Dermographism Urticaria Treatment & Management

Updated: Mar 29, 2016
  • Author: Simone Laube, MD, MRCP; Chief Editor: Dirk M Elston, MD  more...
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Approach Considerations

Dermographism can be distressing but is not life threatening. Patients with simple dermographism are asymptomatic and require no therapy. Patients with symptomatic dermographism should be treated until the problem is adequately controlled or resolved.

Recognition of the problem, avoidance of precipitating physical stimuli, reduction of stress and anxiety are important factors in medical care. In addition, scratching because of dry skin can be reduced through good skin care and the use of emollients.

Pharmacologic therapy

H1 antihistamines are the drugs of choice. In some patients, a combination of 2 or more antihistamines may be required. Sedating antihistamines such as hydroxyzine can be helpful. Regular treatment may have to be continued for several months. In a self-reported questionnaire of patients taking H1 antihistamines,18 (23%) of 79 were completely free from symptoms, 39 (49%) of 79 had a marked improvement, and only 3 (4%) of 79) reported no effect. [14] The addition of H2-receptor antagonists appears to result in little symptomatic benefit, although some studies have shown a further small reduction in the whealing response. [15] Physical urticarias are usually unresponsive to systemic corticosteroids.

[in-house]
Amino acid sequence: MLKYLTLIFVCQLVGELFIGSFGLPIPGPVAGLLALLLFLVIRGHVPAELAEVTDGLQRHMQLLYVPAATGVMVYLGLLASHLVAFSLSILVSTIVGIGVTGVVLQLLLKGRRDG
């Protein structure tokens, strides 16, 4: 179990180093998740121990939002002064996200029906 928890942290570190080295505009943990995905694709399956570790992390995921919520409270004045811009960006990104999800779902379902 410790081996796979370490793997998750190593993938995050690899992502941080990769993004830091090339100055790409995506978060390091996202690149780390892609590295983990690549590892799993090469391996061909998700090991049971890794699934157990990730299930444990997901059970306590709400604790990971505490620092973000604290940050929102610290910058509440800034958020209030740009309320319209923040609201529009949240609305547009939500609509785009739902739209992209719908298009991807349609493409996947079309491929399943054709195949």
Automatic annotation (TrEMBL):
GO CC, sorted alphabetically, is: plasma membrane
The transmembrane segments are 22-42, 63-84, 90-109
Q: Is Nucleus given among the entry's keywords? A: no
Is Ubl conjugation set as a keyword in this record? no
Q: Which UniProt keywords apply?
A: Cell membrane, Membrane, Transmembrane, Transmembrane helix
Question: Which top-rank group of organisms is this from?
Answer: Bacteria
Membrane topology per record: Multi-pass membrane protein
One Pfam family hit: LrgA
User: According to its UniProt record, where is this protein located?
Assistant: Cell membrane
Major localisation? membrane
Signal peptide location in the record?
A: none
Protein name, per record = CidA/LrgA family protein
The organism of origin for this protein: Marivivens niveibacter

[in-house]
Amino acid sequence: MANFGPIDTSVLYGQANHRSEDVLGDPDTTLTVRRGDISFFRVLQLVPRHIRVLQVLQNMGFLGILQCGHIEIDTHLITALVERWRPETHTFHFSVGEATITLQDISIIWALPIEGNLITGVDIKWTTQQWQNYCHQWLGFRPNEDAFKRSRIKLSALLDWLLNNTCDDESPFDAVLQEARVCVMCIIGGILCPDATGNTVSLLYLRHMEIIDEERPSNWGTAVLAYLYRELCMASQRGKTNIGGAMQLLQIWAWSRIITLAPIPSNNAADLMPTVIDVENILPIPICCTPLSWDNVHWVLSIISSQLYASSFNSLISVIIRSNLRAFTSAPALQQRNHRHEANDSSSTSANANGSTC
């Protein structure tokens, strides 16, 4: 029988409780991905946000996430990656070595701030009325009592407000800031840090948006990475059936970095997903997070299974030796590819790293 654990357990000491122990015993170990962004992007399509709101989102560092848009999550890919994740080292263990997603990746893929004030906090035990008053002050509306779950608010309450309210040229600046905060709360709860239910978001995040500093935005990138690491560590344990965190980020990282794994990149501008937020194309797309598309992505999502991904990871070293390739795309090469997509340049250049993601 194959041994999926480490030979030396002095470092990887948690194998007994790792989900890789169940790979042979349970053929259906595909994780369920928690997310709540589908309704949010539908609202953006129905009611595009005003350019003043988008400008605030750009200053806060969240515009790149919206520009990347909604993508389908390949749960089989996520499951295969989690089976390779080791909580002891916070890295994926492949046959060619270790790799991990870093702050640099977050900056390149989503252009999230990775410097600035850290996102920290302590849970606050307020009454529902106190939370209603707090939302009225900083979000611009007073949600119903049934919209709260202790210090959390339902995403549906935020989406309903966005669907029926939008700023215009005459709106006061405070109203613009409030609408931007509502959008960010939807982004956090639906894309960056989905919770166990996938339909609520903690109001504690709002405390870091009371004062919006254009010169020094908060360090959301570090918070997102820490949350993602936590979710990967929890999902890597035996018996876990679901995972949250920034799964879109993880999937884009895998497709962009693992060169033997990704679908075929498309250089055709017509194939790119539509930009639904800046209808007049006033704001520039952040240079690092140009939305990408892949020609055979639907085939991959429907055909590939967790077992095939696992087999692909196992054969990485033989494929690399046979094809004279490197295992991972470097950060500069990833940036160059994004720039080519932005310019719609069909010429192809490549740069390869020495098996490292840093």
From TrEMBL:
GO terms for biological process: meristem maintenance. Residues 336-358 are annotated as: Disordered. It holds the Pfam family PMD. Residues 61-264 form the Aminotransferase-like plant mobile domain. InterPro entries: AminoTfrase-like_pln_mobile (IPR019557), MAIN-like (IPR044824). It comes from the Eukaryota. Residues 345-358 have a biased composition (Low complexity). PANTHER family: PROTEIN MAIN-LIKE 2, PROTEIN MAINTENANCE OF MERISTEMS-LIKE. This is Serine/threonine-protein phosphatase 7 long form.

Omalizumab, a recombinant humanized monoclonal antibody against immunoglobulin E (IgE), has been successfully used in patients with physical urticaria, including symptomatic dermographism. It is administered subcutaneously at an initial dosage of 150 mg/mo, but the dosage can be increased to 300 mg/mo. Some patients have reported complete symptom resolution within days after the first injection. [16] Omalizumab was successfully used in a woman with 3 subtypes of chronic urticaria, including symptomatic dermographism. [17] Treatment was continued throughout the patient's pregnancy without any complications or obvious adverse effects, although the frequency of injections had to be increased to every 15 days.

Reinitiation of omalizumab treatment after relapse of disease appears to result in rapid and complete symptom control again after the first injection within the first 4 weeks, and no relevant adverse effects have been reported. [18]

Light therapy

Narrowband ultraviolet (UV)-B phototherapy and oral psoralen plus UV-A light therapy have both been used as treatments for symptomatic dermographism. Subjective relief of pruritus and whealing and objective reduction of wheals have been reported. [19] However, the improvement is short-lived, and most patients relapse within 2-3 months of completing phototherapy.